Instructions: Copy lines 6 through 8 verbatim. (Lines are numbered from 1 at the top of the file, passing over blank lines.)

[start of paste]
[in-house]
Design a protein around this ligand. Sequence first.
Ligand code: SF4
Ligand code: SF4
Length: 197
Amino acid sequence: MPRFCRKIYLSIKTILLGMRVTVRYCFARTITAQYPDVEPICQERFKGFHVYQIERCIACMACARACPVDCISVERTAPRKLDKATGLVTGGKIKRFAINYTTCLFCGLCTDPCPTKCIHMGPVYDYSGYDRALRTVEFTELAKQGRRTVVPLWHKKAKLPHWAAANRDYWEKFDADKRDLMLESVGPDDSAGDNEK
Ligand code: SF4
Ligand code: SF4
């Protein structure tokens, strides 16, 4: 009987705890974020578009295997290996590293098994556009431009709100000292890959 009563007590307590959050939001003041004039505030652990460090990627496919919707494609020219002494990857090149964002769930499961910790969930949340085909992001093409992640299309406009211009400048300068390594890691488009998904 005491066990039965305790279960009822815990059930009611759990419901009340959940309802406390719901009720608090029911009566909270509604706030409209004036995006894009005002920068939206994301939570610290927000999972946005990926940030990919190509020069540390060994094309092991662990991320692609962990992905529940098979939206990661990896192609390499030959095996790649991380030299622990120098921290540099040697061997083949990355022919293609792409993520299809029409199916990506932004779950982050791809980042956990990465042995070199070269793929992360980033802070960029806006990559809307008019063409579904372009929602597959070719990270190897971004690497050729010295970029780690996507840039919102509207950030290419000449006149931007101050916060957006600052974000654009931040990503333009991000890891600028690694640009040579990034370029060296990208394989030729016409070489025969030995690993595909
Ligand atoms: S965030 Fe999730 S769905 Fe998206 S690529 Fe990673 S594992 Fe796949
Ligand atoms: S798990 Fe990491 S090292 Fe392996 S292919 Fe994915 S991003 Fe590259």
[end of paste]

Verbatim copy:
Amino acid sequence: MPRFCRKIYLSIKTILLGMRVTVRYCFARTITAQYPDVEPICQERFKGFHVYQIERCIACMACARACPVDCISVERTAPRKLDKATGLVTGGKIKRFAINYTTCLFCGLCTDPCPTKCIHMGPVYDYSGYDRALRTVEFTELAKQGRRTVVPLWHKKAKLPHWAAANRDYWEKFDADKRDLMLESVGPDDSAGDNEK
Ligand code: SF4
Ligand code: SF4